5. 5. Facing page: Detail from One of the Greenland Inuit, from the collection of the National Maritime Museum. http://www.flickr.com/photos/nationalmaritimemuseum/2842856517/ (No known copyright restrictions) What can I do to relax and have fun? Photo acknowledgements: This page: Detail from Meeting an Inuit by Tom Olliver http://www.flickr.com/photos/bigfez/524865311/ (Used under Creative Commons licence) How do I keep Where do I live? What warm? materials is my home made from? I live in the Arctic today What do I eat? How do I get my food? What do I wear? What materials are my clothes made from? We all know that the Arctic is cold, but how cold is it? Try and find out what the temperature is in winter and summer. How much colder than Sheffield would that be? The temperature inside your freezer is about –22o Celsius. Would that seem warm or cold in the Arctic?
  6. 6. Sheffield is a very green city, in fact it has more woodland than any other city in Britain. Lots of plant and animal species live in these woods. Some wildlife relies on people’s gardens: you might see insects collecting nectar from flowers, or even a hedgehog eating some slugs. Species found in woodland Some people try to make sure that their gardens are good places for wildlife to live. What kind of things can ordinary people do to make their gardens better places to support wildlife? Trail Guide: Are you underneath the old oak tree?
  7. 7. Look at the tree display. How many species can you find on it? Do you think that you would find these species in woodland, in a garden or in both of these? Fill in the Venn diagram to show the habitats used by some of these plants and animals. Species found in gardens HINT: Put any species that are found both in woodland and in gardens in this space.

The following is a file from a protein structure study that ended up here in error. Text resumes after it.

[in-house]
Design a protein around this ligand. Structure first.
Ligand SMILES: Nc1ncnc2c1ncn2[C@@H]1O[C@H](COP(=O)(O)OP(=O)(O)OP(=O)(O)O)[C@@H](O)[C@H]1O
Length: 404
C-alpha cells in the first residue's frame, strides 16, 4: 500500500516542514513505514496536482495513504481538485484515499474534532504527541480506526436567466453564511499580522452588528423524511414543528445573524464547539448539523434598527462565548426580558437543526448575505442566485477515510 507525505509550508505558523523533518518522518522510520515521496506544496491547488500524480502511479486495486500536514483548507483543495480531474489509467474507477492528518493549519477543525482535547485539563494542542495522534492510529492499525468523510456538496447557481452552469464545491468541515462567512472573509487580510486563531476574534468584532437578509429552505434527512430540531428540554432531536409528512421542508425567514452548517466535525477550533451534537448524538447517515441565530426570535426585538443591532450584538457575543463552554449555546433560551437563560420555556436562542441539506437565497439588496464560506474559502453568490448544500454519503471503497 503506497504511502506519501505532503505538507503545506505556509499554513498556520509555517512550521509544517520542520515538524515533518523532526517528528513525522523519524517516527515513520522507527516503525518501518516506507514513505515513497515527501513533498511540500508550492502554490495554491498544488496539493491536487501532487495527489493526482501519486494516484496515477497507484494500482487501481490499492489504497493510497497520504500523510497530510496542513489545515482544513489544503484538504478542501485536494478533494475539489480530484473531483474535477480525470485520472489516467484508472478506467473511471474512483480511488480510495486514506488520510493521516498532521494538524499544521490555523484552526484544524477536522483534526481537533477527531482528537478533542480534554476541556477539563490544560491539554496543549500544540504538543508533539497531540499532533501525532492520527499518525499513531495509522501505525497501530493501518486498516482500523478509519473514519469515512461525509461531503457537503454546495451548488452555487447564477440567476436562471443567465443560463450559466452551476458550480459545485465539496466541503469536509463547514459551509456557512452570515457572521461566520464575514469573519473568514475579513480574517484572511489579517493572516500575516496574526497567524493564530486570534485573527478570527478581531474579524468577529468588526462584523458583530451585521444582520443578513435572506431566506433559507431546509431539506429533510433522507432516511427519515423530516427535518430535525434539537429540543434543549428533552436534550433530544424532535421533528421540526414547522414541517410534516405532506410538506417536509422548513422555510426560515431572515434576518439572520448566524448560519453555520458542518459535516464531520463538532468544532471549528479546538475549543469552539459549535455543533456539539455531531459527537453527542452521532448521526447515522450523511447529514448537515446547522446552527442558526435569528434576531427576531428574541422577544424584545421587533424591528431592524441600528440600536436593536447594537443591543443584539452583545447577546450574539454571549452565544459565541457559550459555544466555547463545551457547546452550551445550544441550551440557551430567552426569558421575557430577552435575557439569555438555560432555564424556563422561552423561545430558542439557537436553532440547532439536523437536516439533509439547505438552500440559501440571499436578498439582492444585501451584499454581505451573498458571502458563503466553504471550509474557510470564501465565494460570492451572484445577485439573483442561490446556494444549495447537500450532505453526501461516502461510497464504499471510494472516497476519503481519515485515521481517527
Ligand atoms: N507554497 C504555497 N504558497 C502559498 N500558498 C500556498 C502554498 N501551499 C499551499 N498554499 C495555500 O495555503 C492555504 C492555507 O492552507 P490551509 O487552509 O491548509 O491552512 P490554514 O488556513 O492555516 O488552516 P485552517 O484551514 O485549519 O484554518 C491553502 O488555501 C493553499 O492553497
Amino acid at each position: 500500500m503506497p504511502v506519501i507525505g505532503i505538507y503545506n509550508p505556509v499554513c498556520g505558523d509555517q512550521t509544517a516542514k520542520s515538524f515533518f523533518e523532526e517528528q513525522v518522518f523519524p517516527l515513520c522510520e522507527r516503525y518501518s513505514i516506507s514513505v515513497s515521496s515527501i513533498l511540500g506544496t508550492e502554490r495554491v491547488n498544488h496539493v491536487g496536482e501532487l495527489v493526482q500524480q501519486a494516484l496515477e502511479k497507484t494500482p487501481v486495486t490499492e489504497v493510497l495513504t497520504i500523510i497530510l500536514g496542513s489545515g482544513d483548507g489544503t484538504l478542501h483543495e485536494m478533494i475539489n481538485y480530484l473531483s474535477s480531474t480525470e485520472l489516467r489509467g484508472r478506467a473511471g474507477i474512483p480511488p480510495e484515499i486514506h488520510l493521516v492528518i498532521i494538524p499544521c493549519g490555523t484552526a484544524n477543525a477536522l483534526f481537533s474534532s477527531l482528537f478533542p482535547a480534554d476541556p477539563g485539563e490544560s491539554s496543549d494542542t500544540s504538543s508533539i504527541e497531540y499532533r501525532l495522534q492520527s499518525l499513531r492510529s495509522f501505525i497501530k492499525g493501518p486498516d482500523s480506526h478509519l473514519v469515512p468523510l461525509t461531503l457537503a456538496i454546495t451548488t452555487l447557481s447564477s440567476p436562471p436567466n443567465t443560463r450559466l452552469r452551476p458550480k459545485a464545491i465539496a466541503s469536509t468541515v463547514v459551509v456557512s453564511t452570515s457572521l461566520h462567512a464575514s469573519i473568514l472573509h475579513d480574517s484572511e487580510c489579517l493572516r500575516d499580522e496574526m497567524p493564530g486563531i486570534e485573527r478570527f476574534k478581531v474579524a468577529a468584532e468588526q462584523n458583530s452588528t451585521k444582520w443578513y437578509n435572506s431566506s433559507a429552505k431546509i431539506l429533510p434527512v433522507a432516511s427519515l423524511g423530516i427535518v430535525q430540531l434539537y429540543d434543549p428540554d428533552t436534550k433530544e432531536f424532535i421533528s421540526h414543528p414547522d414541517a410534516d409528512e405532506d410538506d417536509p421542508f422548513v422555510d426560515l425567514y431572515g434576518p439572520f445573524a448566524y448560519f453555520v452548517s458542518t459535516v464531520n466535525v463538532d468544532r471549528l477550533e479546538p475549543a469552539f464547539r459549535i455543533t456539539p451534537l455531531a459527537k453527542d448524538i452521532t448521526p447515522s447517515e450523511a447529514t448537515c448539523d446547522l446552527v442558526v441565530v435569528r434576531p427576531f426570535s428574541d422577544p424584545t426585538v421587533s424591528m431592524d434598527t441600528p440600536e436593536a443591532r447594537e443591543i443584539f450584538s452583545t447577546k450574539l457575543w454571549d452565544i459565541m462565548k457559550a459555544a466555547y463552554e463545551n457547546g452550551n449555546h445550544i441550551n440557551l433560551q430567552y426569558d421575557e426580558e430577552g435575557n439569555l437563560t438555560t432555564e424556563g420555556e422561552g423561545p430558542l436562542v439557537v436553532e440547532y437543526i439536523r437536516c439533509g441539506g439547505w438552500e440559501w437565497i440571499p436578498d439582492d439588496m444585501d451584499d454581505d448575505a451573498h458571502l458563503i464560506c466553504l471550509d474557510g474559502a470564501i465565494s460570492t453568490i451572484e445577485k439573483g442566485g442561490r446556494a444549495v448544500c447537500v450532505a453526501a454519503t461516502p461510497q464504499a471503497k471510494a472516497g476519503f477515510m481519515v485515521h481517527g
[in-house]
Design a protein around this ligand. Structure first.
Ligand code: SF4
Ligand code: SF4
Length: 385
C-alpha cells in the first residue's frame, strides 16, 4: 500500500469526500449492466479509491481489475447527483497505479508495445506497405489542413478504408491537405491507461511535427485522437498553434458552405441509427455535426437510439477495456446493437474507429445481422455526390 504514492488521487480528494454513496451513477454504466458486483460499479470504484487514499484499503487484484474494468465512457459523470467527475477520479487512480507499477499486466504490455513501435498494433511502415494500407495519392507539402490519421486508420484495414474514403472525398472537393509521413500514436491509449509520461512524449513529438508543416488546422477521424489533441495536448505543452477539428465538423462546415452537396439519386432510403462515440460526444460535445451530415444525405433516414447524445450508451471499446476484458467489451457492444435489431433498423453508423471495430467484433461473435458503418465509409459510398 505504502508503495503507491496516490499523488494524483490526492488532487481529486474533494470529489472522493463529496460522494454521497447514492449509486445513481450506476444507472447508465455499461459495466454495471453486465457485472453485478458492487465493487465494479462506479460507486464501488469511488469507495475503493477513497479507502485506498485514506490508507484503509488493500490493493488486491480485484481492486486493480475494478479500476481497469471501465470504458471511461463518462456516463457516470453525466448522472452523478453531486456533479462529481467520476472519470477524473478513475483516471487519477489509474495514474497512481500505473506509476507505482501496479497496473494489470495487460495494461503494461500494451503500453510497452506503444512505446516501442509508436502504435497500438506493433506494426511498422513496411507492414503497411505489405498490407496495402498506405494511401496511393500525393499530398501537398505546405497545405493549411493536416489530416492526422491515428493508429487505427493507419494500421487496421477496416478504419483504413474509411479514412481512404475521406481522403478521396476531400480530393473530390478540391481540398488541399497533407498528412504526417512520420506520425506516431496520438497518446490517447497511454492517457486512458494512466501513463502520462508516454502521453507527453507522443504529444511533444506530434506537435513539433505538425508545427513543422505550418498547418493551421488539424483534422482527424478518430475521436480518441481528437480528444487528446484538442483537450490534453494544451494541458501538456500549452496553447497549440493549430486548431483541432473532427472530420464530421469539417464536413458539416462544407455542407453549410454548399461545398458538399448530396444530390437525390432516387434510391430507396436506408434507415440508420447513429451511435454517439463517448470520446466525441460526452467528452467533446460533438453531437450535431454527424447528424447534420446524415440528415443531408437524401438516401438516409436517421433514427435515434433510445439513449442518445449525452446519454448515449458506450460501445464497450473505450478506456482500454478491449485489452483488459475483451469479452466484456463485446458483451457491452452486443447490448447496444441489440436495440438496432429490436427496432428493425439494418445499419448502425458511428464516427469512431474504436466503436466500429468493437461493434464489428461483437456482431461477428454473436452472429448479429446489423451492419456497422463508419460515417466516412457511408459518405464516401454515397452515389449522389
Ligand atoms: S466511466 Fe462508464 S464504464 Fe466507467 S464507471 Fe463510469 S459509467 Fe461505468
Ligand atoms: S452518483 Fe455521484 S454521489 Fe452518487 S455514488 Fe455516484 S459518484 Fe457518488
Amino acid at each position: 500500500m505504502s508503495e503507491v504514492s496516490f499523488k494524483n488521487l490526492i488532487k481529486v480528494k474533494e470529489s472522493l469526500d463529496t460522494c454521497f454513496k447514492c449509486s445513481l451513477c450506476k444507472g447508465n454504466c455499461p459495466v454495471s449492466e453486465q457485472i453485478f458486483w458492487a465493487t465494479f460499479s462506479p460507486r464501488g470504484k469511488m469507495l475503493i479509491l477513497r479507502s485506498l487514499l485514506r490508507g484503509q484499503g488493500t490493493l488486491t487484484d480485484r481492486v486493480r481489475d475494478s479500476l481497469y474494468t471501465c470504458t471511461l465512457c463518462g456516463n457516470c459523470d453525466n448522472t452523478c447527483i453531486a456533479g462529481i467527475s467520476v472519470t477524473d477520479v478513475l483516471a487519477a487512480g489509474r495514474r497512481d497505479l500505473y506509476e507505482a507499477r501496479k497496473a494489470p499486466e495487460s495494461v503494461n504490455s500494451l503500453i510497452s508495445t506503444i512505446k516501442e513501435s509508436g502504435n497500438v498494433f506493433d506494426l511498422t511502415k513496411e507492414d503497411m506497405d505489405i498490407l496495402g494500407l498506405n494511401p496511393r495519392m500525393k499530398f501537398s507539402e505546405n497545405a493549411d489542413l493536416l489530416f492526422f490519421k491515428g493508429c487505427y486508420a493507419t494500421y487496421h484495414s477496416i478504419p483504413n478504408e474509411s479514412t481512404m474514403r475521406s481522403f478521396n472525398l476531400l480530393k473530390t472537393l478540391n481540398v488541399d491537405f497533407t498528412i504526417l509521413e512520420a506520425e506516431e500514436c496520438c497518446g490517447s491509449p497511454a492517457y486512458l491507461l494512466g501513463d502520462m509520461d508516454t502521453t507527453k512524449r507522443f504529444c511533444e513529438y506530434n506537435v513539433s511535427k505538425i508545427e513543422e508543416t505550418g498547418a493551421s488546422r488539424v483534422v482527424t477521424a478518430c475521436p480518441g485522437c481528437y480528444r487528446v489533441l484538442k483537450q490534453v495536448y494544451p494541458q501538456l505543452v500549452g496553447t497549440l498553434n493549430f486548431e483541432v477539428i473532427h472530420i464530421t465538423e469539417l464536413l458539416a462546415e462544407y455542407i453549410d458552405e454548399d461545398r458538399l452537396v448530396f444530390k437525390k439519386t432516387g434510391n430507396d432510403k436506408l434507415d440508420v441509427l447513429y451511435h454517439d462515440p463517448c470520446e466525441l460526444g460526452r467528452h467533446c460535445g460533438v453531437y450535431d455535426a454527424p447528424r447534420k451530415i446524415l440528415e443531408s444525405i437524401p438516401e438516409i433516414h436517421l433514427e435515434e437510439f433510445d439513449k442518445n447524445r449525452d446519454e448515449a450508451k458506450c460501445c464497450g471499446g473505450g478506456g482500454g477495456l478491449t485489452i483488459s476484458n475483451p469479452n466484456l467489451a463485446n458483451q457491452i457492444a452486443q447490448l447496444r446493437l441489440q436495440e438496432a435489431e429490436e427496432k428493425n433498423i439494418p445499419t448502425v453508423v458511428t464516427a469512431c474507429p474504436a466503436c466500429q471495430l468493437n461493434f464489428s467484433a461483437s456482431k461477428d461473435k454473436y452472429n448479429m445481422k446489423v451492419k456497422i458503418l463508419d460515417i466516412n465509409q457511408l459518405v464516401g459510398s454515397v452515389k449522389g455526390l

8. 8. Believe it or not, you will have done this already! First find out how the water cycle works. Then add labels, notes or drawings to this diagram to explain what is happening. What happens to the water that is drunk by people or animals? How does it get back into the water cycle? Trail Guide: To understand the water cycle, seek out the mural near the back of the museum.
  9. 9. Some insects can lift several times their own body weight. Of course, insects don’t weigh much, so lifting a single leaf might be enough to win the weight-lifting event at the insect Olympics. Who do you think can lift the Who do most weight? is the Who has the most powerful punch? Select the creatures that you think are the most powerful. Try to back up your opinion with some facts and figures. Trail Guide: Can you find a giant poo? It’s probably as big you!
  10. 10. you think Who do you think can jump fastest? furthest? Who can push hardest ? HINT: If you can’t find all the answers, think about where you could learn more about the ideas in this part of the exhibition. The answers are all here if you look hard enough!
  11. 11. Most people think that they know who lives in their house. You might be surprised to learn how many unwanted guests could be sharing your home! Find out who (or what) else might be living in your house. Add some pictures or labels to this drawing to show what you have discovered. What can you do to make sure that your kitchen isn’t full of unwanted visitors? Trail Guide: Can you stand the heat? Then head for the kitchen.